Start today, opt out of processed and go local
Posted: Thursday, October 30, 2014 12:30 am
By Tessa Edick
For Columbia-Greene Media
I’ve never quite fancied myself a writer, but after inviting you monthly to join me on a food journey profiling Hudson Valley family farms and inviting you to meet your farmer — I had questions — so I wrote a book.
It’s a resource guide and a better way to think about eating. It’s a food formula we all can choose to follow. It celebrates the farmer and fosters local economies that connect community and commerce to what we eat, the people that work mighty hard to feed us and supporting the future of food — our youth.
It’s a commitment to eating local and sustainable practices that family farms offer and our food dollars support. We choose what to eat and from where. We choose how we allocate our earned dollars to consume the single most important thing we need: food. And we must demand that our farmers are paid a fair living wage to feed us by paying the cost necessary to produce food responsibly and deliver it to our tables.
If we start today and opt out of the consumption of over processed, under nourished and super-unsatisfying business of food filled with mass market factory minded quasi food and slick Madison Avenue packaging that tells you what isn’t in the food instead of what you want (nutrient dense and fresh!) we have a chance to ambush the big business of food just with our everyday choices from sources we trust that distribute their bounty to your table directly at farmers markets, retail shelves and CSA farm shares everywhere.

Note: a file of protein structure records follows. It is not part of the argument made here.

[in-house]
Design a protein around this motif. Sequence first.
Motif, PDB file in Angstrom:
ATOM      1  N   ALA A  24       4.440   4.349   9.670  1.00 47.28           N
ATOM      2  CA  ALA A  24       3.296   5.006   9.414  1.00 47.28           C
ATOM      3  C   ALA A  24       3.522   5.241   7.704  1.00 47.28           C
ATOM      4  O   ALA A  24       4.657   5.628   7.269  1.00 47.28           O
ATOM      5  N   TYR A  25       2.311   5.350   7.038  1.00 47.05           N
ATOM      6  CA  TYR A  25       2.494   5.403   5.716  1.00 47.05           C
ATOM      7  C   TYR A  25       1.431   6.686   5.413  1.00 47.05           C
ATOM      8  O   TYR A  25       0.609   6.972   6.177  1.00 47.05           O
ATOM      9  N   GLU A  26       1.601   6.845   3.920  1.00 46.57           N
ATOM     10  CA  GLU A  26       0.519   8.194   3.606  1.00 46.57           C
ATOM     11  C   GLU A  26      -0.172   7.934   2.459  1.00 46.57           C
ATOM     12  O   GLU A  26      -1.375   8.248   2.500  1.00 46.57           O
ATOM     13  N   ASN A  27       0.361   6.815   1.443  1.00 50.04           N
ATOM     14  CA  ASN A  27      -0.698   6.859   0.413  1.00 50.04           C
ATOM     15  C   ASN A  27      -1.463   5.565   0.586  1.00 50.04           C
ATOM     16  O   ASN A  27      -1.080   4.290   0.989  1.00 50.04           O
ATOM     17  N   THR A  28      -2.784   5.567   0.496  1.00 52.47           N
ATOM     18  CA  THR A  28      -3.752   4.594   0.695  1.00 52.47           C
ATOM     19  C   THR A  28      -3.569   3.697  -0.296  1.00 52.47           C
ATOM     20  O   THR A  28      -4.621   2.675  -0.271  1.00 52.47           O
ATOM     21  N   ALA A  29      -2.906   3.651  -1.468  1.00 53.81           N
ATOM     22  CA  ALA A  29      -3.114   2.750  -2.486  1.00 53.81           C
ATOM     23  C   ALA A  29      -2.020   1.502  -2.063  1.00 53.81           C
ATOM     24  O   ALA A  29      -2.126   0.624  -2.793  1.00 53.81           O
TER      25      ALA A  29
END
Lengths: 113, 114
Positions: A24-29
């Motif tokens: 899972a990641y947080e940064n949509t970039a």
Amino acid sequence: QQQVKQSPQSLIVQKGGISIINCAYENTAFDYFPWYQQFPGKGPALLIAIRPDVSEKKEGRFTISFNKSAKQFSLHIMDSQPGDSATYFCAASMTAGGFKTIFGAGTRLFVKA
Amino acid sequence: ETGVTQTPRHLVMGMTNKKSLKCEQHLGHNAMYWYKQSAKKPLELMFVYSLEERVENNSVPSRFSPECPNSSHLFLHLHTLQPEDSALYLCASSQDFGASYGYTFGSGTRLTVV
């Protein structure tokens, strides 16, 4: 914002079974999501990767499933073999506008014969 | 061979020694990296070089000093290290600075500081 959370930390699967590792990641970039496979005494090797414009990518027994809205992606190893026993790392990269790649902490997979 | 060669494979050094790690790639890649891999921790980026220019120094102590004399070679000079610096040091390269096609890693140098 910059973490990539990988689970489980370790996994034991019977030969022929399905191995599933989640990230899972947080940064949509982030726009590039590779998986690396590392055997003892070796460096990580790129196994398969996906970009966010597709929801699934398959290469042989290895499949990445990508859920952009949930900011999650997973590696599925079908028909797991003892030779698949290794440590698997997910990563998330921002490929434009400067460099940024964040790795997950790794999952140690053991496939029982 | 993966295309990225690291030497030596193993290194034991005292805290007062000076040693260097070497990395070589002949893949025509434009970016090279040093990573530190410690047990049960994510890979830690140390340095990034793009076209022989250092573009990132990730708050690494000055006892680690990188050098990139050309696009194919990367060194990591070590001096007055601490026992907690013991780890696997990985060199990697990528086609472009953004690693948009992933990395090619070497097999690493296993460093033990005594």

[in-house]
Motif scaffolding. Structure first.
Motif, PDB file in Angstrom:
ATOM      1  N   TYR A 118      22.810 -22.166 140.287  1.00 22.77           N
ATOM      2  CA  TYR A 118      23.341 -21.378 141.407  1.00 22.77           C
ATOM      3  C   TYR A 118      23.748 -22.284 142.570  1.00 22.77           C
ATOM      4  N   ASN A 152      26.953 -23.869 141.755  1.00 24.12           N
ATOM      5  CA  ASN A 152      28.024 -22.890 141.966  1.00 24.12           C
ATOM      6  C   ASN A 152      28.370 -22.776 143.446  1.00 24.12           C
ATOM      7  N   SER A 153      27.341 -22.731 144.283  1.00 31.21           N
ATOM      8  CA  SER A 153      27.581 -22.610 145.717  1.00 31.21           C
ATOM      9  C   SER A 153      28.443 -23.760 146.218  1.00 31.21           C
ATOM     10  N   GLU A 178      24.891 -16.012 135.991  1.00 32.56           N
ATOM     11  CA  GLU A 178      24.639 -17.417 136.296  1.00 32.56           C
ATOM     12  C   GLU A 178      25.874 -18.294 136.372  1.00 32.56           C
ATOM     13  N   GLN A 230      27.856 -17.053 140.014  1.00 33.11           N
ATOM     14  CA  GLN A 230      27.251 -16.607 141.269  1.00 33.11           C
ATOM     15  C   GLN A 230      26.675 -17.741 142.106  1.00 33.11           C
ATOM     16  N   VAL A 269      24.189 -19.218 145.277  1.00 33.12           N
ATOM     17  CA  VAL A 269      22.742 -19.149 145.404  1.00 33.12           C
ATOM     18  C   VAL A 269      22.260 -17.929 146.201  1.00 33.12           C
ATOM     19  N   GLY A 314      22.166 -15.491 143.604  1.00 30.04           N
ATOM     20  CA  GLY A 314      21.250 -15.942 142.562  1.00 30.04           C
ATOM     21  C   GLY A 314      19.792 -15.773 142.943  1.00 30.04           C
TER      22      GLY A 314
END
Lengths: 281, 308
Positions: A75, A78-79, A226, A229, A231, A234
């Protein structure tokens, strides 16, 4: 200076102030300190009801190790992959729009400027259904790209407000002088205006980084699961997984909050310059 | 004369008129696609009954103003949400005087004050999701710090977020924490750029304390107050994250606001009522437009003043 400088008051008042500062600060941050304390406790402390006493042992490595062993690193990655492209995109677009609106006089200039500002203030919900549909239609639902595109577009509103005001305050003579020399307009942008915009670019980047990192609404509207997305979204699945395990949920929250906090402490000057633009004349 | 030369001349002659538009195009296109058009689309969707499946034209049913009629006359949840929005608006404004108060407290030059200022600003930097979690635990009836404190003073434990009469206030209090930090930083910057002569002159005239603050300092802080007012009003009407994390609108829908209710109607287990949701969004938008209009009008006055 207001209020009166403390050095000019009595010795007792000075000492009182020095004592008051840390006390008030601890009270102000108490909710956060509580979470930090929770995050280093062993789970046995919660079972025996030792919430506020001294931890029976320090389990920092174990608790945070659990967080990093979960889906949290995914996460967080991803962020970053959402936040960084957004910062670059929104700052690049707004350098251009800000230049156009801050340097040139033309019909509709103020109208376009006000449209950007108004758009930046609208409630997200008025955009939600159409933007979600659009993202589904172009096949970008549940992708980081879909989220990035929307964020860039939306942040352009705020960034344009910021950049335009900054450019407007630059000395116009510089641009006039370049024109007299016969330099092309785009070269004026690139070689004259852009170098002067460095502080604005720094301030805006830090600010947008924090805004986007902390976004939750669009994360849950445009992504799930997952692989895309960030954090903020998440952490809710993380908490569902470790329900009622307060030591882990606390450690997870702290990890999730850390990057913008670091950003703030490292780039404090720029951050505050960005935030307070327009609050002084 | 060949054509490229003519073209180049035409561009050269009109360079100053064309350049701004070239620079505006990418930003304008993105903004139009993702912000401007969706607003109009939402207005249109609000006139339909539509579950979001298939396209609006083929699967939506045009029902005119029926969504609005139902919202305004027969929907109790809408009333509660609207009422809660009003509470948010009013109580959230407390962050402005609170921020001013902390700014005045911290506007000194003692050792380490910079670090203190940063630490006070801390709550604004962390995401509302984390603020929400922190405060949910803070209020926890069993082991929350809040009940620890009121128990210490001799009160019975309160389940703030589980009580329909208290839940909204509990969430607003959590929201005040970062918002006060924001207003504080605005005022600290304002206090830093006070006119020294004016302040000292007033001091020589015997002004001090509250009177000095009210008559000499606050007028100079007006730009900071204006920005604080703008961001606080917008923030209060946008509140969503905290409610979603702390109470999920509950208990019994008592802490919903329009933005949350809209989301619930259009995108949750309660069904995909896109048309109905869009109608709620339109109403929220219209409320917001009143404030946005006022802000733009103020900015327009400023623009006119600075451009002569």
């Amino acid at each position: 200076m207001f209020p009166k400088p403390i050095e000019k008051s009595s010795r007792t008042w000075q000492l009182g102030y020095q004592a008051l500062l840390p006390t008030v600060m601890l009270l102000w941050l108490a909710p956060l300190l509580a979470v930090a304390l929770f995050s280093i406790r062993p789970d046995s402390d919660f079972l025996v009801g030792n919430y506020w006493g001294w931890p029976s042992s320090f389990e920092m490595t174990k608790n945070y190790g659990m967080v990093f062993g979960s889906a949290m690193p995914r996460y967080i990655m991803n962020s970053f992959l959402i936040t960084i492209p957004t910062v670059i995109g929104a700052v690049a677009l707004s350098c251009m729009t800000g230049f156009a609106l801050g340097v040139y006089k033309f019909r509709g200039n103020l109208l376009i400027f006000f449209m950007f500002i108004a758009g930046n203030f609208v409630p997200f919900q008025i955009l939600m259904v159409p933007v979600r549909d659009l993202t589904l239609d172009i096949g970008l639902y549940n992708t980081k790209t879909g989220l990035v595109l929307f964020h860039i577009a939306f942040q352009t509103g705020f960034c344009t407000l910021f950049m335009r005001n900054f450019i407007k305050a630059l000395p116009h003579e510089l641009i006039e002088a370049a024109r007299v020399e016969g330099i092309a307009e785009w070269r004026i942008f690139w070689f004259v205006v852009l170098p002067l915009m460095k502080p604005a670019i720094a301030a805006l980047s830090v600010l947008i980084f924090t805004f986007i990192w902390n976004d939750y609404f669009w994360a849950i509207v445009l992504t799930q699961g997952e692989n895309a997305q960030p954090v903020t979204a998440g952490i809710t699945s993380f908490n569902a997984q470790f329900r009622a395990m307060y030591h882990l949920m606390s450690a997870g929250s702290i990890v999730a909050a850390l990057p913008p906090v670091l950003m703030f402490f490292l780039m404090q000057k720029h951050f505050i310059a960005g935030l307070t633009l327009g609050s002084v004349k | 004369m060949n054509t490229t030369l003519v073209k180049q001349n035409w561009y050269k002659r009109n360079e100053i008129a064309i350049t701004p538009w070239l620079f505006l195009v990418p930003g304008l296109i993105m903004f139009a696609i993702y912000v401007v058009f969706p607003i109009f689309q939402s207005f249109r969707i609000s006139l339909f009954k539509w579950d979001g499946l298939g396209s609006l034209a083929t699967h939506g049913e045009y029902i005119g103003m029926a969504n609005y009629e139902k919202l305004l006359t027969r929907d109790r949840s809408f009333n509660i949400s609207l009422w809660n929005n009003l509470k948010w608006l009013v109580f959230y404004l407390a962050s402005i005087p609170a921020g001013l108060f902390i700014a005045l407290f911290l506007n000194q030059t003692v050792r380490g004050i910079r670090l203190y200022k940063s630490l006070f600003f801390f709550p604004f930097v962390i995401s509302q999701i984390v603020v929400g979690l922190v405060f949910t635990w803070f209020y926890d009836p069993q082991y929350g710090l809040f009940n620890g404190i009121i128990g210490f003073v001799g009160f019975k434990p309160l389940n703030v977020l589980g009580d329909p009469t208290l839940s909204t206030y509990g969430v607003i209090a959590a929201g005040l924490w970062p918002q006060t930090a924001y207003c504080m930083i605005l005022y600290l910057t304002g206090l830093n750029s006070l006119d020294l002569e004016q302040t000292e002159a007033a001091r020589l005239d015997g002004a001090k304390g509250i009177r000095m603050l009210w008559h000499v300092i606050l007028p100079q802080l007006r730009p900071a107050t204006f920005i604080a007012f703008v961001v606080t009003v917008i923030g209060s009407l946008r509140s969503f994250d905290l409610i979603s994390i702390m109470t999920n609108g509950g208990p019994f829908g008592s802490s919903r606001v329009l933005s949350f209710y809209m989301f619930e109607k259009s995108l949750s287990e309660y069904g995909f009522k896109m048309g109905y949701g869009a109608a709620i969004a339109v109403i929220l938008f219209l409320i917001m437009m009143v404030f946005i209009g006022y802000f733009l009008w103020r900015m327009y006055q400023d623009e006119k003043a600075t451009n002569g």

The choice is ours. What’s so hard about that?
It’s a shift in thinking, in lifestyle (visit a farm!) and a reinforcement of wellness and opportunity for our health and the health of our children. And it tastes better, too.
“Hudson Valley Food & Farming: Why Didn’t Anyone Ever Tell Me That?” (on stands nationwide Nov. 11) is a book that begs for the truth and transparency in food through the stories of family farms. It’s a look into our agrarian past and the future of food. It’s a challenge to ask what are you eating beyond “organic” and “healthy” as buzz words on packaging and demands answers to questions we all want to know.